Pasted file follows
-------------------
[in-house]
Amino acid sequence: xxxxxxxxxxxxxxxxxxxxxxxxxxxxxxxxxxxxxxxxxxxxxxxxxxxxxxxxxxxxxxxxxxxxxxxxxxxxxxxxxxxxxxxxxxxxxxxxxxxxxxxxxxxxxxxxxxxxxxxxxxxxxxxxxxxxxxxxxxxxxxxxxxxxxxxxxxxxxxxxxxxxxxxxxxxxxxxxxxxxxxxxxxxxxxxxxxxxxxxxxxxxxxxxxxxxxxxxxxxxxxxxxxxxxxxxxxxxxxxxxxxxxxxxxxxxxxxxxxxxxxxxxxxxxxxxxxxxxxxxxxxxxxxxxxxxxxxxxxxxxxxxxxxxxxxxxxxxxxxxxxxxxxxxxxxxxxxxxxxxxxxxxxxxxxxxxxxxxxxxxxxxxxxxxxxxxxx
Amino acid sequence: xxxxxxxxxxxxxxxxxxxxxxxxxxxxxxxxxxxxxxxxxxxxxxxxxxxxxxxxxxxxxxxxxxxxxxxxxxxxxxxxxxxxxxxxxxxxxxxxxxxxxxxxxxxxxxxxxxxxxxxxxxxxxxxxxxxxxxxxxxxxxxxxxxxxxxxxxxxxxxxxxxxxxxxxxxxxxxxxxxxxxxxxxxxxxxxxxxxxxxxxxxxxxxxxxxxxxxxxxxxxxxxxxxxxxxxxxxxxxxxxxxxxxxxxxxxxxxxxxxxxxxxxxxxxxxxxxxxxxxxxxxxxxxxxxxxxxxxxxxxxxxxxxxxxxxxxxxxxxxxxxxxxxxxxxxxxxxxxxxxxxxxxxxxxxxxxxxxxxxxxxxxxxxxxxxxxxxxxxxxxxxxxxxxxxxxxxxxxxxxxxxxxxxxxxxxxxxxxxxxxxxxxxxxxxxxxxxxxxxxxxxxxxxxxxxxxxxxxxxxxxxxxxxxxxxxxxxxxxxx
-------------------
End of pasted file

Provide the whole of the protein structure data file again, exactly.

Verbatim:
[in-house]
Amino acid sequence: xxxxxxxxxxxxxxxxxxxxxxxxxxxxxxxxxxxxxxxxxxxxxxxxxxxxxxxxxxxxxxxxxxxxxxxxxxxxxxxxxxxxxxxxxxxxxxxxxxxxxxxxxxxxxxxxxxxxxxxxxxxxxxxxxxxxxxxxxxxxxxxxxxxxxxxxxxxxxxxxxxxxxxxxxxxxxxxxxxxxxxxxxxxxxxxxxxxxxxxxxxxxxxxxxxxxxxxxxxxxxxxxxxxxxxxxxxxxxxxxxxxxxxxxxxxxxxxxxxxxxxxxxxxxxxxxxxxxxxxxxxxxxxxxxxxxxxxxxxxxxxxxxxxxxxxxxxxxxxxxxxxxxxxxxxxxxxxxxxxxxxxxxxxxxxxxxxxxxxxxxxxxxxxxxxxxxxx
Amino acid sequence: xxxxxxxxxxxxxxxxxxxxxxxxxxxxxxxxxxxxxxxxxxxxxxxxxxxxxxxxxxxxxxxxxxxxxxxxxxxxxxxxxxxxxxxxxxxxxxxxxxxxxxxxxxxxxxxxxxxxxxxxxxxxxxxxxxxxxxxxxxxxxxxxxxxxxxxxxxxxxxxxxxxxxxxxxxxxxxxxxxxxxxxxxxxxxxxxxxxxxxxxxxxxxxxxxxxxxxxxxxxxxxxxxxxxxxxxxxxxxxxxxxxxxxxxxxxxxxxxxxxxxxxxxxxxxxxxxxxxxxxxxxxxxxxxxxxxxxxxxxxxxxxxxxxxxxxxxxxxxxxxxxxxxxxxxxxxxxxxxxxxxxxxxxxxxxxxxxxxxxxxxxxxxxxxxxxxxxxxxxxxxxxxxxxxxxxxxxxxxxxxxxxxxxxxxxxxxxxxxxxxxxxxxxxxxxxxxxxxxxxxxxxxxxxxxxxxxxxxxxxxxxxxxxxxxxxxxxxxxxx